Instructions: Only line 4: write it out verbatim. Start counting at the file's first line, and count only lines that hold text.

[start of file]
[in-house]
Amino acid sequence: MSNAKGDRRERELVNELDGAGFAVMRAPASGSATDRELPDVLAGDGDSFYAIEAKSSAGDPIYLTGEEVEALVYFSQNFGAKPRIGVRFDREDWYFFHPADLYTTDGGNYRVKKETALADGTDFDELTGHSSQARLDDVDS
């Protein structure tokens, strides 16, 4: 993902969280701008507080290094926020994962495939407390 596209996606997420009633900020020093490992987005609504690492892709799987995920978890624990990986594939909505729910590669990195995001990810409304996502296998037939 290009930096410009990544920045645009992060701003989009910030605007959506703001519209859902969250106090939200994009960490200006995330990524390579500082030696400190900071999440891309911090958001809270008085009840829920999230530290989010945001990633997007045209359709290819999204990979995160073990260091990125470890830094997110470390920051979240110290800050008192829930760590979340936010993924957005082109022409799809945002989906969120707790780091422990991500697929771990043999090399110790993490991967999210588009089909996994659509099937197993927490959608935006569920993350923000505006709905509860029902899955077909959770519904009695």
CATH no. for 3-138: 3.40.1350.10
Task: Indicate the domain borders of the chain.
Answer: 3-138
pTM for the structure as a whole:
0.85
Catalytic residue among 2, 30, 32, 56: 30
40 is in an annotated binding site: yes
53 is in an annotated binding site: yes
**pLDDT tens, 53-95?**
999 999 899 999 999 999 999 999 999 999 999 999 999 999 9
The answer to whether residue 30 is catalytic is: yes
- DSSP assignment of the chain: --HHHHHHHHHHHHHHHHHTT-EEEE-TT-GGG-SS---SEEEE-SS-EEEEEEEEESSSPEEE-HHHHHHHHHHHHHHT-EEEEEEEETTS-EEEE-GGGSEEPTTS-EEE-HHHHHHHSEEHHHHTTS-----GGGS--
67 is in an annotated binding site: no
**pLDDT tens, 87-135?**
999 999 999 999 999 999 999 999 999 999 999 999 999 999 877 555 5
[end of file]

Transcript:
CATH no. for 3-138: 3.40.1350.10